An Electric Transmission Superhighway

SCE’s architects of the future grid are busy planning for a rapidly approaching transportation electrification revolution.

The future of electrification is rapidly arriving for those tasked with upgrading the grid to handle the unprecedented growth and demand for electric power that’s needed to meet California’s climate-related goals.

Edison International’s
Countdown to 2045 analysis predicts electricity demand will increase by 80% over the next two decades, driven partly by a radical transformation of the transportation industry where nine out of every 10 vehicles will be an electric vehicle.

“We’re starting to see real-world examples today,” said Russell Ragsdale, Southern California Edison’s director of Program Management. “Not only do we have to continue to upgrade the grid, we’re going to have to do it at an exponential rate. And there are some challenges we’re going to have to overcome to get there.”

Since 2021, SCE has received more than
700 requests to connect transportation electrification facilities to the grid with a load capacity greater than 500 kilovolt-amps in support of large projects.

A fleet of electric big rigs in South El Monte
Schneider National's electric charging depot in South El Monte has 16 dual-corded charging stations allowing up to 32 trucks to plug in simultaneously. PHOTO CREDIT: Roberto Lazarte

“These are customers that may be transforming entire fleets of vehicles to electrification,” Ragsdale told a standing-room-only audience at the recent Bloomberg New Energy Finance Summit in San Francisco. “When you think about residential customers adding an EV here or there, that’s a little bit easier to manage. But when you have an industrial or commercial facility saying: ‘We’ve got 50 electric vehicles coming in, and we want to start charging them in a few months,’ those have a really big impact.”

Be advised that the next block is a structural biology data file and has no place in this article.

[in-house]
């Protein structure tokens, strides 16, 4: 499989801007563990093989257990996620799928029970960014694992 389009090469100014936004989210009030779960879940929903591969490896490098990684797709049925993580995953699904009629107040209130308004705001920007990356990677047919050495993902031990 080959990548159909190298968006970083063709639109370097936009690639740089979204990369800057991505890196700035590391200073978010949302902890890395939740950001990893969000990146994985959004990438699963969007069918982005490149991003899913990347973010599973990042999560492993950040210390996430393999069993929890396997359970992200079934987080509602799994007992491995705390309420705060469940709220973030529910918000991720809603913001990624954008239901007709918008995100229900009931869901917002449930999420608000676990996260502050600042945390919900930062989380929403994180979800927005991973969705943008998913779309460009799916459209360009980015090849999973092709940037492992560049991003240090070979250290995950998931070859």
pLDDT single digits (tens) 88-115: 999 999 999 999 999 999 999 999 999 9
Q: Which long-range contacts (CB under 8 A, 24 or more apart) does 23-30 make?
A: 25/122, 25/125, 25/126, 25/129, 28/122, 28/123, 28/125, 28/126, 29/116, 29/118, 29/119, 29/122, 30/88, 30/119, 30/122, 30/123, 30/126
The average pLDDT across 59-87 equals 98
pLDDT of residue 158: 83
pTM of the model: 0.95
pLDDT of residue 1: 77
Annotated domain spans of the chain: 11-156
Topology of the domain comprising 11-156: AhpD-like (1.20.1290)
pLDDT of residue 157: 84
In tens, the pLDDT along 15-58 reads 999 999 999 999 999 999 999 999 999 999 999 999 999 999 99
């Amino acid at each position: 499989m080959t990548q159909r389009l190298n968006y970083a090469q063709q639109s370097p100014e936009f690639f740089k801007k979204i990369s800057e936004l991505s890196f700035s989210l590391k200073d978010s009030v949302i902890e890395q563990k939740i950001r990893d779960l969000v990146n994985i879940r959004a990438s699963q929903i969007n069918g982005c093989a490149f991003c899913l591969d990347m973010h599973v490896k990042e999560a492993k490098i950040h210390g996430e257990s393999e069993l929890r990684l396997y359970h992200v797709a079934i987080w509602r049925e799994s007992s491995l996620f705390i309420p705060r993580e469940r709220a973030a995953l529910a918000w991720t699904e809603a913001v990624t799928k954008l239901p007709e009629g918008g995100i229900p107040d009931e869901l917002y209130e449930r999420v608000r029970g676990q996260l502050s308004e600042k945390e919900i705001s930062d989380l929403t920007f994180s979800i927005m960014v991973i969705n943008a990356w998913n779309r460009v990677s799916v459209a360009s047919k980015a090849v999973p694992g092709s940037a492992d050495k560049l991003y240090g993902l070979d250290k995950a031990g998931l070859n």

In the short term, SCE is managing those requests through a combination of strategies, including shifting load between circuits, building facilities to increase capacity, working with customers to optimize how they’re charging vehicles and potentially using mobile energy storage.

But Ragsdale says the long-term solution involves working internally and with customers to help improve the forecasting of future electricity demand. It is critical that SCE can build expanded grid capacity proactively, ahead of formal customer connection requests.

“It’s very important that customers who are even thinking about doing a major project let us know as soon as possible. It ultimately will help us make sure the grid is ready in time,” Ragsdale said.

SCE's Russell Ragsdale. director of Program Management, speaking at the BNEF Summit with moderator Tara Narayan (l) and SCE's Erica Bowman (r), managing director of Regulatory Policy.
SCE's Russell Ragsdale, director of Program Management, speaking at the BNEF Summit with moderator Tara Narayan (l) and SCE's Erica Bowman (r), managing director of Regulatory Policy. PHOTO CREDIT: Courtesy of BNEF Summit

Perhaps the most daunting challenge is overhauling burdensome local, state and federal siting and permitting processes.

“It really shouldn’t take us seven years to get permits to build a substation,” Ragsdale said. “We need approvals from cities, counties, state and federal jurisdictions — it’s a very inefficient process. We think there’s an opportunity for more coordination across those government entities.”

Despite the challenges, Ragsdale remains optimistic that the transportation electrification revolution will succeed, perhaps not exactly as outlined in
Countdown to 2045, but in a way that helps SCE and California meet their climate change-related goals.

“As a company, we have a clear vision, and I’m highly confident,” Ragsdale said. “When you look across California, we all recognize where we need to go, and it requires all of us to work together.”

For more information about SCE’s commitment to clean energy, visit